The body, meanwhile, is made entirely from carbon fibre and fitted with a specially made windscreen that’s instantly evocative of the jet-fighter look of the original Stratos, as is the distinctive, roof-mounted spoiler. A variety of setup options is available, with the possibility of the car being configured as a daily-driver supercar, a track-ready GT racer or even in a safari guise redolent of the 1970s versions that raced in the East African Safari Rally, complete with front and rear bull bars and a roof-mounted spare wheel. “The F430 is an excellent platform for the car, because its electronics are not too complex and it has a superb engine,” says Garella. “The fact that the New Stratos is both shorter and around 100kg lighter, however, makes it far more agile and great to drive on twisty roads – but we have also engineered the suspension to make it as comfortable as possible over longer distances. We want it to be easy to live with.”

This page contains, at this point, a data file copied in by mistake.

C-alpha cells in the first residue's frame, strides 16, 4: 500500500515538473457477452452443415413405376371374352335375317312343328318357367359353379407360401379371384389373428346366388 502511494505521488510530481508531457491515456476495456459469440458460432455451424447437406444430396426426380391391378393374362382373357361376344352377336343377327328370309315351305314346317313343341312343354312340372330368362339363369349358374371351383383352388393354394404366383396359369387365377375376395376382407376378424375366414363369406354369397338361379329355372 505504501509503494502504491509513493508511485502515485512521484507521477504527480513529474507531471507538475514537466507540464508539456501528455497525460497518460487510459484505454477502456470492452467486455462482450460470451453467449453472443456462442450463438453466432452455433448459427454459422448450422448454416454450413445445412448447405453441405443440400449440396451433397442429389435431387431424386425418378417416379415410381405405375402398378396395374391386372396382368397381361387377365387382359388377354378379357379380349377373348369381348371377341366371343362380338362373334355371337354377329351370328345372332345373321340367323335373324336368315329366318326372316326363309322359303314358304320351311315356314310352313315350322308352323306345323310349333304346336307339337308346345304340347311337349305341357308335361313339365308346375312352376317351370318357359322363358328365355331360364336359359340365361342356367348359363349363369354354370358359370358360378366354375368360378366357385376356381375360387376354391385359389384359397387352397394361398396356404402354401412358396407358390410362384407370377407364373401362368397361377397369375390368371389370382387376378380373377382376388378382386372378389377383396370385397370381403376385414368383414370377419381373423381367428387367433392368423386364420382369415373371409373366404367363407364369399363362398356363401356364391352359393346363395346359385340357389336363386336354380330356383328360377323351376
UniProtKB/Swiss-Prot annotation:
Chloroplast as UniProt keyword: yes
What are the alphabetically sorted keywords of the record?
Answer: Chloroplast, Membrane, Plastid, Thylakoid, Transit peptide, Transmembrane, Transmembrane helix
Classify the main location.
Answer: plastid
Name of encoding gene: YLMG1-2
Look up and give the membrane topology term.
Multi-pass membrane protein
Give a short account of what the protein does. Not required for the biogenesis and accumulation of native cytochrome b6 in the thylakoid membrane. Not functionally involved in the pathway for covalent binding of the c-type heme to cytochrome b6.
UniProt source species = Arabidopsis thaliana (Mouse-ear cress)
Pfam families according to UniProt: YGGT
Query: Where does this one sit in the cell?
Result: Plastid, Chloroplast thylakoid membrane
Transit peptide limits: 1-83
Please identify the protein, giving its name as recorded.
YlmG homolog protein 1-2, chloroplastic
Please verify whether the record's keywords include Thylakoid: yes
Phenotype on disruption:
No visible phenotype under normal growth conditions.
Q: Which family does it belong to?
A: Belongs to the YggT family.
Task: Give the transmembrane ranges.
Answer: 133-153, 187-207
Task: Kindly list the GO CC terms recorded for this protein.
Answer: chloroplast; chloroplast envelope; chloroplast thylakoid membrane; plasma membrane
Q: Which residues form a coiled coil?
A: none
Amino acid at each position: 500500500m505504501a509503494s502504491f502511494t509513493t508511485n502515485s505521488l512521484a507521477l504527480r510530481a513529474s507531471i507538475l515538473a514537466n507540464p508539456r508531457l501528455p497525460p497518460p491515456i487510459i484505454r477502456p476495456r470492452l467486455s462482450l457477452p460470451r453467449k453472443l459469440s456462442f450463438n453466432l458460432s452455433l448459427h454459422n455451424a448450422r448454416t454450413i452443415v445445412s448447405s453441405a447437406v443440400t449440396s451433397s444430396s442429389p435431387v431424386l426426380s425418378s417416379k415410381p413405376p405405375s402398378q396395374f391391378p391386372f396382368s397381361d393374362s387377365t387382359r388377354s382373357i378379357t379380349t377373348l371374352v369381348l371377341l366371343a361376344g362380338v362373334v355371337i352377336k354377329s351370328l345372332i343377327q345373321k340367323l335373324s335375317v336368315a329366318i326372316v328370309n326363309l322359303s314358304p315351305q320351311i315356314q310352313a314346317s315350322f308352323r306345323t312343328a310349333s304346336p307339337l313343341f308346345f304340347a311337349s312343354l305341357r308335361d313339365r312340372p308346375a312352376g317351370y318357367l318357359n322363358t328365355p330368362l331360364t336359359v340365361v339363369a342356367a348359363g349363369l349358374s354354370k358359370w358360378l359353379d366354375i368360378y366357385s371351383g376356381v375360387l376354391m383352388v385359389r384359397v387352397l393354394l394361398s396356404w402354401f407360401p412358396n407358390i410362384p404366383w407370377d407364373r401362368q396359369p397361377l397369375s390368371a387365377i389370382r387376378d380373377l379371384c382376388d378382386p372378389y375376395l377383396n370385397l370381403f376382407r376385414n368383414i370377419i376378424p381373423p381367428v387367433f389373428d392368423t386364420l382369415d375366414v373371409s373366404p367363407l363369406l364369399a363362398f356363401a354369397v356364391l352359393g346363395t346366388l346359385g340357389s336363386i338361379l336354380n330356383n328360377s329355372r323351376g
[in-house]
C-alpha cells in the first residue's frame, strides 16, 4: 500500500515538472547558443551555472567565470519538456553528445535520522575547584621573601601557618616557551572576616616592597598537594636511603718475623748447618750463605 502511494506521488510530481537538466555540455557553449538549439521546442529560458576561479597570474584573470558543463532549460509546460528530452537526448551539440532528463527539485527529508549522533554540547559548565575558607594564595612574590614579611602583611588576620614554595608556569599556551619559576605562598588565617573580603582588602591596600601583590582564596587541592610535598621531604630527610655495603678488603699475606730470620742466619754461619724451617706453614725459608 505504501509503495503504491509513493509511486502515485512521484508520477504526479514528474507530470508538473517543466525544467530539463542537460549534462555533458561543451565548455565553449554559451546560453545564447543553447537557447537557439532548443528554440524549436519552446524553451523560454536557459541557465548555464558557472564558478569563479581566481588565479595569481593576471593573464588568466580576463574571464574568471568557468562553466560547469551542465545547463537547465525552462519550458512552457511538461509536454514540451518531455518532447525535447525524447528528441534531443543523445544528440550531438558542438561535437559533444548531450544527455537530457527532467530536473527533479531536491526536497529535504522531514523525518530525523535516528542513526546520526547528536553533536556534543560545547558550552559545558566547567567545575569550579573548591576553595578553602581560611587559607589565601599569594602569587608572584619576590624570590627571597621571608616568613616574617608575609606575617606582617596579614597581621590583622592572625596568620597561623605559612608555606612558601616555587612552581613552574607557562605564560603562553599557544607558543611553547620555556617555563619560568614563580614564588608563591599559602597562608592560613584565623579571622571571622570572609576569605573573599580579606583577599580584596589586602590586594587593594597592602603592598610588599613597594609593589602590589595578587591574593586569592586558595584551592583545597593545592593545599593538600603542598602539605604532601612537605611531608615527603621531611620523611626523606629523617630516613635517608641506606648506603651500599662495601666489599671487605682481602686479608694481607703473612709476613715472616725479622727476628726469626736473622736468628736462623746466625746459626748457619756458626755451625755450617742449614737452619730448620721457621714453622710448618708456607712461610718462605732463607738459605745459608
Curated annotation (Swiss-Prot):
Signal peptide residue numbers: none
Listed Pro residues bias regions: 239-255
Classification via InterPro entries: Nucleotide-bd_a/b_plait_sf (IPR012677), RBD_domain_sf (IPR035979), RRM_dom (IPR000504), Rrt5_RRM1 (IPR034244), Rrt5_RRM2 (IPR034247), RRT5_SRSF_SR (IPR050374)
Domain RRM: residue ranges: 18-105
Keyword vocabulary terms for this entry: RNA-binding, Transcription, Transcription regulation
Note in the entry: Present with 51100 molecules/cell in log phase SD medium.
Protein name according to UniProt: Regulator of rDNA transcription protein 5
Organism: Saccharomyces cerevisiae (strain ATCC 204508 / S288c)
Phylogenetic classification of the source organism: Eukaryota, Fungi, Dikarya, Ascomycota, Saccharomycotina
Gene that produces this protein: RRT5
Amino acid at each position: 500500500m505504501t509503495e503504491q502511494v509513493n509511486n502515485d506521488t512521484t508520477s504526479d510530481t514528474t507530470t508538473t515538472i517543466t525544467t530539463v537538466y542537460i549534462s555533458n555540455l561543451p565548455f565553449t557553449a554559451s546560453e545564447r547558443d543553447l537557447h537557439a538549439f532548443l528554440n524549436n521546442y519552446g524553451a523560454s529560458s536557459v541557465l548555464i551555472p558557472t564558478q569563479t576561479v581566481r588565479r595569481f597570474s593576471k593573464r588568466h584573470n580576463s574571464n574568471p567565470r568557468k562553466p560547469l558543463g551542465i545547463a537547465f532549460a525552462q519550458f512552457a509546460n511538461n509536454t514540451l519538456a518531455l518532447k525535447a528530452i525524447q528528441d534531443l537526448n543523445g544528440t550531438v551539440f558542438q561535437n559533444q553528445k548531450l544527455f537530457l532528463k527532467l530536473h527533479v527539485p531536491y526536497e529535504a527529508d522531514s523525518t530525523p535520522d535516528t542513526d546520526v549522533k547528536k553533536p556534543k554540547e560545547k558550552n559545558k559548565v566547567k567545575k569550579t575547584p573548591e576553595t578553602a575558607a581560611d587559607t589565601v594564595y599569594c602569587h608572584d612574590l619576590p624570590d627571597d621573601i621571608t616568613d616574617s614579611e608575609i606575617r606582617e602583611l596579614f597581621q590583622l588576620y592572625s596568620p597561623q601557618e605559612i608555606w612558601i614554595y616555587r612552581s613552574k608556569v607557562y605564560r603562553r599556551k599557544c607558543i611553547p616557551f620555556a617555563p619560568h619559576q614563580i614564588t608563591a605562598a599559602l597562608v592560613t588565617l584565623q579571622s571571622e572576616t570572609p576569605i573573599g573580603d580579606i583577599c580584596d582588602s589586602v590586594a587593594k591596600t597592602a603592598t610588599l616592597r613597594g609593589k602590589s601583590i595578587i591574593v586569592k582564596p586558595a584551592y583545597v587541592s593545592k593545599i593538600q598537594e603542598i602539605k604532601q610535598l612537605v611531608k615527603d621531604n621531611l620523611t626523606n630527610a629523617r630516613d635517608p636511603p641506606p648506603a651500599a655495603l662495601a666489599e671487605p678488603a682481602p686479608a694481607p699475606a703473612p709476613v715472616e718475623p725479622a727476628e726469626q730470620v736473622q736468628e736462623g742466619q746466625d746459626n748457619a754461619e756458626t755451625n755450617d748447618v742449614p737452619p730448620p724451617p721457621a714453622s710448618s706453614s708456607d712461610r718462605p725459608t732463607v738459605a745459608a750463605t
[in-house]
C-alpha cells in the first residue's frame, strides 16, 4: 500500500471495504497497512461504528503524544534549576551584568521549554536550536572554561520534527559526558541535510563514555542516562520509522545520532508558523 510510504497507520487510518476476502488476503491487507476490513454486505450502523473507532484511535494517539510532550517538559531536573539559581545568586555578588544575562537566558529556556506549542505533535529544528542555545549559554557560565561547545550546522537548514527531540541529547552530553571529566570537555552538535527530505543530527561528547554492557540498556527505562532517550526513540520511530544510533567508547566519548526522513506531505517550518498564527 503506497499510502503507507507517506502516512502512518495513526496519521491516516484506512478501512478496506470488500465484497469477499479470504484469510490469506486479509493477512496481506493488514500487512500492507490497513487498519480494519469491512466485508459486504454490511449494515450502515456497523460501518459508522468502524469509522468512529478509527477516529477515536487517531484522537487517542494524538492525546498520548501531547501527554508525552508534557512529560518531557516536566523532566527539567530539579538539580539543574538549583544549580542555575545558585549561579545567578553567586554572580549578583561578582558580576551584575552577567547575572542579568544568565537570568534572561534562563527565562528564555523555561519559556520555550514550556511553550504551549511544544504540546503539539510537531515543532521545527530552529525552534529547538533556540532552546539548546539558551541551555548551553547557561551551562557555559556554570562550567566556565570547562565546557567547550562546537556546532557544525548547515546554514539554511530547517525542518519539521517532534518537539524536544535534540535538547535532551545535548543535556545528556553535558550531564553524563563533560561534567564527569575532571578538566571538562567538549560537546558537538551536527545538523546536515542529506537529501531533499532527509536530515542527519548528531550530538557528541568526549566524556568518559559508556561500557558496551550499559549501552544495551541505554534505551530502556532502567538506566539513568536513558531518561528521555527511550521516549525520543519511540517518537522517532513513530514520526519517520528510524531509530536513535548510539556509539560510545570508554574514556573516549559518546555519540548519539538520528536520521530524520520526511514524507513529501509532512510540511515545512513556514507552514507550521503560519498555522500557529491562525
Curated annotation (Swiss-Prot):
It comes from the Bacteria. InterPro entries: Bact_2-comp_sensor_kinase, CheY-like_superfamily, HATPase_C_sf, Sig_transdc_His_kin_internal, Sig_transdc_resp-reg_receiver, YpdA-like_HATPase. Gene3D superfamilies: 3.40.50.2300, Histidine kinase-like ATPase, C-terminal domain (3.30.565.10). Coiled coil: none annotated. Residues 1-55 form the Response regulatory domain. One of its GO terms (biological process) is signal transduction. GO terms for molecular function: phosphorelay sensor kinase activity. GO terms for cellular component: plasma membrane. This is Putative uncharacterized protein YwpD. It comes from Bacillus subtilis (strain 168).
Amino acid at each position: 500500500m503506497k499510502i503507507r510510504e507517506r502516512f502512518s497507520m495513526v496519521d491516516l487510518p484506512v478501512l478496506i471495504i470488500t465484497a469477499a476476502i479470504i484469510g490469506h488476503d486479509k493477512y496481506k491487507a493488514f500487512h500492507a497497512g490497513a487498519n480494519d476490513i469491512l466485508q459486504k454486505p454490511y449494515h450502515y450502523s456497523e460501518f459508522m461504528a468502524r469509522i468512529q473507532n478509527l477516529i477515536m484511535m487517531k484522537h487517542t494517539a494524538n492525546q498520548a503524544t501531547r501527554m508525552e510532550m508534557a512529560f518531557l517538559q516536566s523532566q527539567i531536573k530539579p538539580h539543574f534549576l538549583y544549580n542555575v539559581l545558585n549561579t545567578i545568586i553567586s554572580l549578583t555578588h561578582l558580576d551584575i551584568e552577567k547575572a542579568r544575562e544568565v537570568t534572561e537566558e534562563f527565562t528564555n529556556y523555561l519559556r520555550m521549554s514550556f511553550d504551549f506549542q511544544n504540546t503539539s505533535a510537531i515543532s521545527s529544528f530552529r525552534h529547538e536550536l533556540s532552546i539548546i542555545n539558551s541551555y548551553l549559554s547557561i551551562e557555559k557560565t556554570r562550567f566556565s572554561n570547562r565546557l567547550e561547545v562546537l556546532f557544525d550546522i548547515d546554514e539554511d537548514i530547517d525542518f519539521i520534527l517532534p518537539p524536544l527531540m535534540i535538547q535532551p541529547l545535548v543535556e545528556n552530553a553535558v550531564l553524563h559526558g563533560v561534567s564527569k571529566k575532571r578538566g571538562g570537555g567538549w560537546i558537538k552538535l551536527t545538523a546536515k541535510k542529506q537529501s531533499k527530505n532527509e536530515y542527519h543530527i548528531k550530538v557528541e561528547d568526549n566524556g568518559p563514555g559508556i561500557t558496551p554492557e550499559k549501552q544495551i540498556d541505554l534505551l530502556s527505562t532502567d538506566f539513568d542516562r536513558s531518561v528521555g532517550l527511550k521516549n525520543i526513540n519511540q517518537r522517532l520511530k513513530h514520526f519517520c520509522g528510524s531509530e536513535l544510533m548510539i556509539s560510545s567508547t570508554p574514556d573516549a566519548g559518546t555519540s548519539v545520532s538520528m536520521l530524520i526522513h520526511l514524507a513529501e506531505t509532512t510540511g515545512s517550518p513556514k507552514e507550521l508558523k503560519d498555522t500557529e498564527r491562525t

The New Stratos’s Ferrari F430 engine
The New Stratos’s Ferrari F430 engine

The revelation a few months ago that the New Stratos would, at last, enter limited production prompted more than 100 enquiries from around the world and, at the time of writing, Garella says MAT has “about 10” signed contracts and the first two cars are under build. It seems inevitable that the remainder will be sold, not least since Garella and Stoschek have given their word that no more than 25 will ever be made. Indeed, events are already being organised for the fortunate few owners, including a non-competitive programme devised with Traum Motorsport that will take in some of Europe’s most famous rally routes, with roads being booked out and closed to the public so New Stratos drivers can get the chance to relive the glory days of Munair and Waldegård. Plans are even afoot to hold one such event on a snow-covered mountain in order to replicate stages of the famed Monte Carlo rally that the original Stratos won on no fewer than four occasions.

If Peter the greengrocer is still around I have little doubt that he’ll fancy a New Stratos for himself – but if he’s counting cauliflowers in the sky, I’m sure he’ll be looking down on MAT’s pristine assembly area with the greatest approval.